We are proud of the results we have obtained for our clients. Here is just a sampling of some of significant reported decisions in cases handled by Arthur Lehman.
- V. M. Producoes, Publicidade e Participacoes, Ltd. v. Songs of Universal, Inc. (reported with consolidated case Jobim et al. v. Songs of Universal), 732 F.Supp.2d 407 (S.D.N.Y. 2010). We represented the plaintiff, the successor of the rights of a songwriter of several famous songs, in a contract dispute with its publisher. In its decision, the United States District Court for the Southern District of New York granted in part our motion for partial summary judgment with respect to issues of liability, paving the way for the action to proceed with discovery on the issue of damages.
- In Simpson v. Cushman & Wakefield, Inc., et al., 128 A.D.3d 549 (1st Dept. 2015), the Supreme Court ordered that the plaintiff, who was the defendant’s former employee, was required to arbitrate his dispute with our client. In addition, the Supreme Court made certain orders concerning the conduct of the arbitration that were inconsistent with the parties’ arbitration agreement. The Appellate Division affirmed our position that the plaintiff was required to arbitrate his claims, and could not instead pursue remedies in court. In addition, the Appellate Division agreed with our argument on appeal and modified the order of the Supreme Court, and held that because the arbitration agreement governed, the plaintiff was not entitled to call and cross-examine witnesses.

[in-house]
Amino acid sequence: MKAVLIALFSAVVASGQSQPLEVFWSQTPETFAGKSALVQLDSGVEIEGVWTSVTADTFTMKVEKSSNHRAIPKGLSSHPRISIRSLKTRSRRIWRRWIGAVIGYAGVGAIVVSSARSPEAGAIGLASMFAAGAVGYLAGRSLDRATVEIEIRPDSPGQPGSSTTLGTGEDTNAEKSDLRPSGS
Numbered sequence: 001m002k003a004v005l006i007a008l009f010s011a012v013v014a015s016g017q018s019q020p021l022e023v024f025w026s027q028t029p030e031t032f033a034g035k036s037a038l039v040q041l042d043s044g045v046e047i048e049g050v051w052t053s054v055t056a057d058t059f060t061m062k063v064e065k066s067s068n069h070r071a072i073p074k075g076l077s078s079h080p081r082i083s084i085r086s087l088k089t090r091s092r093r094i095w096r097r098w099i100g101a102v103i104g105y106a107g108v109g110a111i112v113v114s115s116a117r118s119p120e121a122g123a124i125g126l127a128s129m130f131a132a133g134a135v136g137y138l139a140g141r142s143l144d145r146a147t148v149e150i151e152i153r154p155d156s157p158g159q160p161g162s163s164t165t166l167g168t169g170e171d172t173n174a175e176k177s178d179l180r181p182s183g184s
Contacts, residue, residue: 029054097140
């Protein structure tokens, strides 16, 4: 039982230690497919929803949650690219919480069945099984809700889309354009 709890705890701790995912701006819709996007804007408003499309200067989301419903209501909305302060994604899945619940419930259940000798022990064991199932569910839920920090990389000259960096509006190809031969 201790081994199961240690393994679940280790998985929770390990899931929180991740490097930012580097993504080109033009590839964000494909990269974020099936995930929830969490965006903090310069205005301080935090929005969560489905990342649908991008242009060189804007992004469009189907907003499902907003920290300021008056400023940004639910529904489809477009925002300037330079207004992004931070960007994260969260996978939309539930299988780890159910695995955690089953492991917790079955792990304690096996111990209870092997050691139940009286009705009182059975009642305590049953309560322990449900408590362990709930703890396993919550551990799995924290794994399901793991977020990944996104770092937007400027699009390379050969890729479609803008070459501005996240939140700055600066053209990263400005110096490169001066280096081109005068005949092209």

- RMED International, Inc. v. Sloan’s Supermarkets, Inc., 185 F.Supp.2d 389 (S.D.N.Y. 2002). We represented the plaintiff class in a securities fraud class action. In this decision, the United States District Court for the Southern District of New York denied part of the defendants’ motion for summary judgment, thereby permitting the action to go forward to trial on plaintiffs’ principal claims for securities fraud.
- RMED International, Inc. v. Sloan’s Supermarkets, Inc., Fed. Sec. L. Rep. 90,926, 2000 WL 310352 (S.D.N.Y. 2000), aff’d 2000 WL 420548 (S.D.N.Y. 2000). We represented the plaintiff class in a securities fraud class action. In this decision, the Magistrate Judge denied the defendants’ Daubert motion to bar testimony by plaintiffs’ expert witness on the issues of materiality and the damages suffered by the class. The decision of the Magistrate Judge was affirmed by the District Court.